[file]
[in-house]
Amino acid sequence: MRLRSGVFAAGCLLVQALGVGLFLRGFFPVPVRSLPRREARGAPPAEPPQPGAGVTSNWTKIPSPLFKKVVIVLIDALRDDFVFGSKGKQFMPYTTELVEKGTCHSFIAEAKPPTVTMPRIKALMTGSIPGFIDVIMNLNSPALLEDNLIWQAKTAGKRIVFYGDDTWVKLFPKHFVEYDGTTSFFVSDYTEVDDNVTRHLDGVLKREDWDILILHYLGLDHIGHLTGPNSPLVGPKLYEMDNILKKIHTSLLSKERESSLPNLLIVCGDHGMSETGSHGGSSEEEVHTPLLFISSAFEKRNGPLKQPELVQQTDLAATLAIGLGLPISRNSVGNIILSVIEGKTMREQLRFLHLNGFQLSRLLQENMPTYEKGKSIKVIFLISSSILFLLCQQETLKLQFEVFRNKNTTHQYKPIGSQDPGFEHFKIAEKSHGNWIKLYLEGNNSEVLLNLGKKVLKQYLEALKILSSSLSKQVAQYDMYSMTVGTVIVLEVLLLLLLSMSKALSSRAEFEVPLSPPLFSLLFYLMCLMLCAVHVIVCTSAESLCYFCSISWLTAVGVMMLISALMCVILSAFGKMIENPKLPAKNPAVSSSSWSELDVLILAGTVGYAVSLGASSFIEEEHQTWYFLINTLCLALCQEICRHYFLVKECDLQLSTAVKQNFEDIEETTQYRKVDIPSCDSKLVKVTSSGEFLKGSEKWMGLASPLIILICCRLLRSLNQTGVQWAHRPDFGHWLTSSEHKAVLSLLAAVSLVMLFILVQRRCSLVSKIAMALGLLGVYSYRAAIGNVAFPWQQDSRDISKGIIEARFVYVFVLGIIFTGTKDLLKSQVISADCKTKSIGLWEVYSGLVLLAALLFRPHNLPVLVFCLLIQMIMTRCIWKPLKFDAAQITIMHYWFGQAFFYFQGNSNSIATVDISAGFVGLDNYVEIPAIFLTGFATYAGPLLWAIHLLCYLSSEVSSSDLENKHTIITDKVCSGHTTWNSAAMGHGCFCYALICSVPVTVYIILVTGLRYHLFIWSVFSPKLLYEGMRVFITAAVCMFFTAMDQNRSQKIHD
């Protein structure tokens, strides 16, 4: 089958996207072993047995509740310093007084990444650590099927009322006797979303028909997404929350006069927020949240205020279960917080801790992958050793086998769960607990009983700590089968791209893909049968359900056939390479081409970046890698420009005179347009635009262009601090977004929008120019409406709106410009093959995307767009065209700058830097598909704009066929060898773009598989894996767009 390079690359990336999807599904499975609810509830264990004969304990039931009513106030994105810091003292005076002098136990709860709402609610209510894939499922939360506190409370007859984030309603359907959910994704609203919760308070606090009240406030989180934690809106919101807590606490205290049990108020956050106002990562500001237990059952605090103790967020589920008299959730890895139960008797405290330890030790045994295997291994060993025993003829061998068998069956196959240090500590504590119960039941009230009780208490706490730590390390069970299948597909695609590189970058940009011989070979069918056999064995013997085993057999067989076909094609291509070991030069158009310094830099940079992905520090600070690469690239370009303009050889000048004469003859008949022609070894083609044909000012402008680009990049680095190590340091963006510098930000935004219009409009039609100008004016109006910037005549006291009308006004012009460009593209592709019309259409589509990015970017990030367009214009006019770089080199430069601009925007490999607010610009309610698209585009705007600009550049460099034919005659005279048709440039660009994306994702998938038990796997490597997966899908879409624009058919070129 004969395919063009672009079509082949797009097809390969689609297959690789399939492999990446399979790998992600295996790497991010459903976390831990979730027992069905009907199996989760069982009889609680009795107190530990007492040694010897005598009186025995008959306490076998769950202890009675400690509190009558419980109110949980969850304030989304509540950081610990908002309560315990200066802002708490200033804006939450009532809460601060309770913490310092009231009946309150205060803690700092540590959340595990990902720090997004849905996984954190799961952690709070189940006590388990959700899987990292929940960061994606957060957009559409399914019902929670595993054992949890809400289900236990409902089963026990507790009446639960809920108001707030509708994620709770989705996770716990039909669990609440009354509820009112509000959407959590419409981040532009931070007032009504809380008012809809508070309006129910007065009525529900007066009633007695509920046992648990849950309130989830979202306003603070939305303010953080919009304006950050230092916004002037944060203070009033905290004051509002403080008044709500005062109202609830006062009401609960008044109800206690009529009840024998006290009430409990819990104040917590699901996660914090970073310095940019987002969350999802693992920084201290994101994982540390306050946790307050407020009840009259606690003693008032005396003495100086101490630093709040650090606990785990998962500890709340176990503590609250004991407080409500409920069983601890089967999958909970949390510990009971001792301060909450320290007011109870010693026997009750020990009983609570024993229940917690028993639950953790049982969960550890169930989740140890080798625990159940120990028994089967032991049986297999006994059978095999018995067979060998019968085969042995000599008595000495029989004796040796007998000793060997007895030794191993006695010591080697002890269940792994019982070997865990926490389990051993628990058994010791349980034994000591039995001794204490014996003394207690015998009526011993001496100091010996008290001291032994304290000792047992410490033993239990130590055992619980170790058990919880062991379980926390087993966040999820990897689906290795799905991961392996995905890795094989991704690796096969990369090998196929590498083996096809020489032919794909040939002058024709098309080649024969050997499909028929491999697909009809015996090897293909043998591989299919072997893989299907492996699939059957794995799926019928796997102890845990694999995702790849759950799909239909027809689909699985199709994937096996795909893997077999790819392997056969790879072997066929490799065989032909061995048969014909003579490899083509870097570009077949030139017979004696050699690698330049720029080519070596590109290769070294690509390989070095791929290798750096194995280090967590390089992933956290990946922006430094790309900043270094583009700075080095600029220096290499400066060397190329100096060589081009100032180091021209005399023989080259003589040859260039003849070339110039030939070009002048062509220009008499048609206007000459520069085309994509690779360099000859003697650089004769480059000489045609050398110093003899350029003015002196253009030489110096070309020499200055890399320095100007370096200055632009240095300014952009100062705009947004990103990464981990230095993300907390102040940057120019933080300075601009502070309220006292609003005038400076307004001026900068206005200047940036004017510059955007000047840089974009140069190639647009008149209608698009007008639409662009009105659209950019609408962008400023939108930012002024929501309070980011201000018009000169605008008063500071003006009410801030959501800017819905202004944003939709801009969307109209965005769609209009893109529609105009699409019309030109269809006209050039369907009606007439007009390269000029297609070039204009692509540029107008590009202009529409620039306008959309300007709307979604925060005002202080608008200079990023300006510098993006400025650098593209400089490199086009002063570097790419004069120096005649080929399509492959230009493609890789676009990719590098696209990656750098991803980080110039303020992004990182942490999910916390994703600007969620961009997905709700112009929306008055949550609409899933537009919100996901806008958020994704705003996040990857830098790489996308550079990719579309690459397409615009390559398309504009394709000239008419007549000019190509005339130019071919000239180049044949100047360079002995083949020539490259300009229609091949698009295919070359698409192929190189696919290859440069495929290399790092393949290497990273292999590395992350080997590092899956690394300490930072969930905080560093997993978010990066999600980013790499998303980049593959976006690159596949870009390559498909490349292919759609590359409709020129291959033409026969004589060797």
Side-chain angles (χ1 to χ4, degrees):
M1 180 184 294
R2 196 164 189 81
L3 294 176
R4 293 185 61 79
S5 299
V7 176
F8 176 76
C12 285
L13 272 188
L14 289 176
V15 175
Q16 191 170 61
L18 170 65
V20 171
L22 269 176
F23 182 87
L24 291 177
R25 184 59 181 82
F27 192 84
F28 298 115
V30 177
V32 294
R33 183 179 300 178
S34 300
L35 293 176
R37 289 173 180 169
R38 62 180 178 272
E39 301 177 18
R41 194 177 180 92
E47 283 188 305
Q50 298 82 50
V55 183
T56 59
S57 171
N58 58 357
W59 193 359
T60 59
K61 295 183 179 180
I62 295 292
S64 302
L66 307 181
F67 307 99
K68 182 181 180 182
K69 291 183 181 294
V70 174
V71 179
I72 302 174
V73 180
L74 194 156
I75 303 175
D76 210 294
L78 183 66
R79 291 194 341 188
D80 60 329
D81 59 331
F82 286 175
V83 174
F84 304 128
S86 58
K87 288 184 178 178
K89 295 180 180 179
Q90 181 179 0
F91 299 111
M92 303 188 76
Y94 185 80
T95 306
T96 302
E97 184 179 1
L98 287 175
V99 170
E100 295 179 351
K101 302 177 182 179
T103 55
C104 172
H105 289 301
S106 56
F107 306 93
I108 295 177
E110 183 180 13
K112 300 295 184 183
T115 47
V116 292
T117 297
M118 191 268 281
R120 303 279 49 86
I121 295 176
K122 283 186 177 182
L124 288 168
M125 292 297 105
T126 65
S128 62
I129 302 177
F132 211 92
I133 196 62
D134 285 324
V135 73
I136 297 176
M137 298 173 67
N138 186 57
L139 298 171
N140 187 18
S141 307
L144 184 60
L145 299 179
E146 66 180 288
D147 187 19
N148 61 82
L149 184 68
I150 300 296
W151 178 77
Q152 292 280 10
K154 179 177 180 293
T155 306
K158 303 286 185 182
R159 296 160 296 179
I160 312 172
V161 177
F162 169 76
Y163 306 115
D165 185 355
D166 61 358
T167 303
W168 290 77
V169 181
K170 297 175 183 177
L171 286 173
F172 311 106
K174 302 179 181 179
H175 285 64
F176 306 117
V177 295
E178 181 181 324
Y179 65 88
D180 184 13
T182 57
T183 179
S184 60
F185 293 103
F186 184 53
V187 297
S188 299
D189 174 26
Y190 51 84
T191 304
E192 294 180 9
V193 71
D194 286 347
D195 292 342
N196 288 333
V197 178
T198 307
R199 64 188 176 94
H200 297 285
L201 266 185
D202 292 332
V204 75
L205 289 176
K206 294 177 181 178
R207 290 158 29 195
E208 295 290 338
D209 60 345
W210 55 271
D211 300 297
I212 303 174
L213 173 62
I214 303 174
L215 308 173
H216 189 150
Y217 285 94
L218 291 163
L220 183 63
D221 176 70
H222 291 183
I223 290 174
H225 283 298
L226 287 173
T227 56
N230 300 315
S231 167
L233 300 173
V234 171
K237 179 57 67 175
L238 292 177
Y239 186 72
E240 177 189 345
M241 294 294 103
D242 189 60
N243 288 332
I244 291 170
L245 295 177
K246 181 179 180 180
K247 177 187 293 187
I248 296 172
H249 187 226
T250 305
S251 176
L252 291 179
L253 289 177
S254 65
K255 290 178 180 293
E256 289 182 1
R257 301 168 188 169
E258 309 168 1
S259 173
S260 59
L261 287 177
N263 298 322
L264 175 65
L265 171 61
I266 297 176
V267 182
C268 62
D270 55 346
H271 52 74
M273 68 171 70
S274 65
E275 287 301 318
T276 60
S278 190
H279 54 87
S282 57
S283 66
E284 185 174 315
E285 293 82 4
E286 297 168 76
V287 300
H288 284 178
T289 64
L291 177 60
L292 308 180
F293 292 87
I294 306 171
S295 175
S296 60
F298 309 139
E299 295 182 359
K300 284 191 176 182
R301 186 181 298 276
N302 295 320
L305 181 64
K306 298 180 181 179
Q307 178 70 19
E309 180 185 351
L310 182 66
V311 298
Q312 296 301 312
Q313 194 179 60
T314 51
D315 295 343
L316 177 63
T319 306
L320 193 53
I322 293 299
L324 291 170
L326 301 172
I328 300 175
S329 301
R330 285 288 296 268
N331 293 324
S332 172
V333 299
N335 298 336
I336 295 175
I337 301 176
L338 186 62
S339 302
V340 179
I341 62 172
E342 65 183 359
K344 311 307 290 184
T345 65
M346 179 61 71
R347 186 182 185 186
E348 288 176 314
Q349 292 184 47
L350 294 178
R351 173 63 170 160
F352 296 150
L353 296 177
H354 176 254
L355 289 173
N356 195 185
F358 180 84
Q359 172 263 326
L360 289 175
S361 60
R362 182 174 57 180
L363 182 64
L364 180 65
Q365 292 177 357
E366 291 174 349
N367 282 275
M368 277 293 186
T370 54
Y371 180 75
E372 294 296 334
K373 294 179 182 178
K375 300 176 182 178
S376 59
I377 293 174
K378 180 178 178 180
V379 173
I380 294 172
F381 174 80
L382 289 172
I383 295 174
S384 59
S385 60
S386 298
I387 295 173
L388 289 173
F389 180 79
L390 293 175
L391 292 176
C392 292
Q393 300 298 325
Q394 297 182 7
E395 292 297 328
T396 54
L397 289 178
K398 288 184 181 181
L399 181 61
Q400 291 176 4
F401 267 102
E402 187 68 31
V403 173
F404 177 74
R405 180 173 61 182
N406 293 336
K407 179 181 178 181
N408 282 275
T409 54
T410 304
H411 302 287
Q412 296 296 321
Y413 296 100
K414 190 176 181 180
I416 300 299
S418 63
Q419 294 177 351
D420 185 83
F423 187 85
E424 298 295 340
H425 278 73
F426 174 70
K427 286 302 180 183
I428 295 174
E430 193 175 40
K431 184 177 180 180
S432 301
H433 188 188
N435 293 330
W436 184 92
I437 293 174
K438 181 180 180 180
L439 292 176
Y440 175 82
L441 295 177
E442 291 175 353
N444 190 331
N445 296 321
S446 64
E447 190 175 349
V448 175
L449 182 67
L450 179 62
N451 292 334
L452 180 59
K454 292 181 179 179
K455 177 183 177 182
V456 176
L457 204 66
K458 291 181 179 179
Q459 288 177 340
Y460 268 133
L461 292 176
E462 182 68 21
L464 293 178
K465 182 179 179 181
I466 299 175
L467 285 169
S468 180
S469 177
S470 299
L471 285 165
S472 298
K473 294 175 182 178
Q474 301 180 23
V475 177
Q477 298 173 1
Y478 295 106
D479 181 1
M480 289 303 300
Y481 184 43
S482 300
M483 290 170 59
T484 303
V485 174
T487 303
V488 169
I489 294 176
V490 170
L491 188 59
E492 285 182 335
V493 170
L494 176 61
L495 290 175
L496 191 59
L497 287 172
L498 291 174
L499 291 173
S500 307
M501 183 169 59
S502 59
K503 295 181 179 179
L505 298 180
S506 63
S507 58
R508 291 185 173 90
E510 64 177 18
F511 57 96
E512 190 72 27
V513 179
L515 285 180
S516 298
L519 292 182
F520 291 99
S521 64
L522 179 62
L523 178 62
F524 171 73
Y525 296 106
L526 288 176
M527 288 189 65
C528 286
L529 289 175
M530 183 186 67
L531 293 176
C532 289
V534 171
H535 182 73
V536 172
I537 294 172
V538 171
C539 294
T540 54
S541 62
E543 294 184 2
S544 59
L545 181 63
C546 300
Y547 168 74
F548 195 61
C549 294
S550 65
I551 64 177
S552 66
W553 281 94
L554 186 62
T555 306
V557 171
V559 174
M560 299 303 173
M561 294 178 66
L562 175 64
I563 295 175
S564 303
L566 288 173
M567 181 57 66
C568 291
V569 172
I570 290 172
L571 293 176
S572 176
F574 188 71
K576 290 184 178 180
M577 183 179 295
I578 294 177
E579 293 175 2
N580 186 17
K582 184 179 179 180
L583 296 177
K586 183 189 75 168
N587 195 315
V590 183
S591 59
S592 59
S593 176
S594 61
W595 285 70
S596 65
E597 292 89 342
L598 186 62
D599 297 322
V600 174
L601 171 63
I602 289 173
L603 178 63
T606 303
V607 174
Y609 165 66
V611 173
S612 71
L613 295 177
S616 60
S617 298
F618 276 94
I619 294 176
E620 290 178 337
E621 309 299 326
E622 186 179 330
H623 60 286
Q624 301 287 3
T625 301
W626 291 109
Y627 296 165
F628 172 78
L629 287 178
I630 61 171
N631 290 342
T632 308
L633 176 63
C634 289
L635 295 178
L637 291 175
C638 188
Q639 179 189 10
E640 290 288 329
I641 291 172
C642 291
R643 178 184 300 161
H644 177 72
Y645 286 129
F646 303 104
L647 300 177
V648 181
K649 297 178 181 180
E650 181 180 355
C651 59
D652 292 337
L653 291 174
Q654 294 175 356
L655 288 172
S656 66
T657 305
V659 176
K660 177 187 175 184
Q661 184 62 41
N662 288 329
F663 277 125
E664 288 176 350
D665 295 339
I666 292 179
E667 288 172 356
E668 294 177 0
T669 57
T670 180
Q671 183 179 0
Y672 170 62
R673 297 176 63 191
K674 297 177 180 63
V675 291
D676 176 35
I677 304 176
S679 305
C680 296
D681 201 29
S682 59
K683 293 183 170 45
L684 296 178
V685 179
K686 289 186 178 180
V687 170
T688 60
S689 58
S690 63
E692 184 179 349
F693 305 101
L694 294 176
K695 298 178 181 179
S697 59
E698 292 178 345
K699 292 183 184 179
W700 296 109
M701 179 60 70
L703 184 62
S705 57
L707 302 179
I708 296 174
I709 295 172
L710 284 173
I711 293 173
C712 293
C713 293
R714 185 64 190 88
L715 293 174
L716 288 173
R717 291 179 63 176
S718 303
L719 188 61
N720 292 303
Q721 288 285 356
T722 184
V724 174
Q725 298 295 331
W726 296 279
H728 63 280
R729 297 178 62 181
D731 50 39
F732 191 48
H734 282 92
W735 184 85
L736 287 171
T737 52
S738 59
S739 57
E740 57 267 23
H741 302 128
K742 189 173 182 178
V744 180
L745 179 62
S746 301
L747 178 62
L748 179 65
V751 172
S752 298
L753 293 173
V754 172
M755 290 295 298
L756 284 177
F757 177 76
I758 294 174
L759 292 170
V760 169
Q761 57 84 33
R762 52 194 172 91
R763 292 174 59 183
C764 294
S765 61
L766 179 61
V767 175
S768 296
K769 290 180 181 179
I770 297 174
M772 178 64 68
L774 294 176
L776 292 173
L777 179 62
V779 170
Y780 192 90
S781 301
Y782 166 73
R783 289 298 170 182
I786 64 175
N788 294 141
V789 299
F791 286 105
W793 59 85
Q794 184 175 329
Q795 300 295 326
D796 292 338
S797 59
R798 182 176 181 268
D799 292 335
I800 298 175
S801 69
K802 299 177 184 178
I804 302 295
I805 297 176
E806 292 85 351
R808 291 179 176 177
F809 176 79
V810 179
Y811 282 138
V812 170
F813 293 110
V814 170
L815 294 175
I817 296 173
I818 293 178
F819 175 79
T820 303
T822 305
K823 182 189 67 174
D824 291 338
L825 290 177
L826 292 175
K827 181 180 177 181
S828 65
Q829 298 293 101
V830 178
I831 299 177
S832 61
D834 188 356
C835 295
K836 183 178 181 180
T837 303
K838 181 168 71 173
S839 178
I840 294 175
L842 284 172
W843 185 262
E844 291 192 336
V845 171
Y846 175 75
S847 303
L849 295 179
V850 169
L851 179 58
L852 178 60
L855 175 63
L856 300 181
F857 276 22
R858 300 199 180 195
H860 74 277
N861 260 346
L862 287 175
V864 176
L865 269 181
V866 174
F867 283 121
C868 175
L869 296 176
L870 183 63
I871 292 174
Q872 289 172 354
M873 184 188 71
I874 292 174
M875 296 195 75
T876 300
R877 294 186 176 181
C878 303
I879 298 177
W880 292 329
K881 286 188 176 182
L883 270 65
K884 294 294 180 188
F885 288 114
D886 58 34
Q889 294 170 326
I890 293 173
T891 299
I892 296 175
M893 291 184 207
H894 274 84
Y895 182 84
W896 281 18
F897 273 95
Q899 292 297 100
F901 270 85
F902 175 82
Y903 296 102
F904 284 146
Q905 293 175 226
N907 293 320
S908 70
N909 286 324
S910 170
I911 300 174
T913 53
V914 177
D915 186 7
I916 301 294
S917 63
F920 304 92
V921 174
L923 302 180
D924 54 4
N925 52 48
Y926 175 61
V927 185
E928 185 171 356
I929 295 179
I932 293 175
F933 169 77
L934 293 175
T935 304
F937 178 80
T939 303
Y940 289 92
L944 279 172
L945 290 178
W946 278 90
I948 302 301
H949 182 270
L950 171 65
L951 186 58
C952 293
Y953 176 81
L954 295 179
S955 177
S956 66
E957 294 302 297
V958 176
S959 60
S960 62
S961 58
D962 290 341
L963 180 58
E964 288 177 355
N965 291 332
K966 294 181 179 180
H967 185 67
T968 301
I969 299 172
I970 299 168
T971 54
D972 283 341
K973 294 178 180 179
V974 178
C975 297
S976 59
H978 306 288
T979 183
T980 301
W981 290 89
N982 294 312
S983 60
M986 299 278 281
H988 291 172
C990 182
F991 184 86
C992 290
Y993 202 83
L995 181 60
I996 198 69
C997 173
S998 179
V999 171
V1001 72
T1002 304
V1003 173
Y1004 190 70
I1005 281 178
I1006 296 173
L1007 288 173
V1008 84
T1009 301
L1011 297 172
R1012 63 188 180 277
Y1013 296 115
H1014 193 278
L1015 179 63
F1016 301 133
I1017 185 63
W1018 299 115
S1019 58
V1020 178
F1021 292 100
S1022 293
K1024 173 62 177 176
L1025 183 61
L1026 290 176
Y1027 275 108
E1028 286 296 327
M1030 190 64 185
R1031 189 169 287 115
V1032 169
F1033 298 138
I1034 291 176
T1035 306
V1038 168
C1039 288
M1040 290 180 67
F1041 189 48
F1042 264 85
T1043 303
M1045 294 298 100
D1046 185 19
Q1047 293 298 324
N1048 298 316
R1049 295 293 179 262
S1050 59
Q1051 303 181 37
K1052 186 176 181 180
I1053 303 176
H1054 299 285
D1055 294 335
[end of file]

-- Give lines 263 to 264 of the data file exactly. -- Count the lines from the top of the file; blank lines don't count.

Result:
N331 293 324
S332 172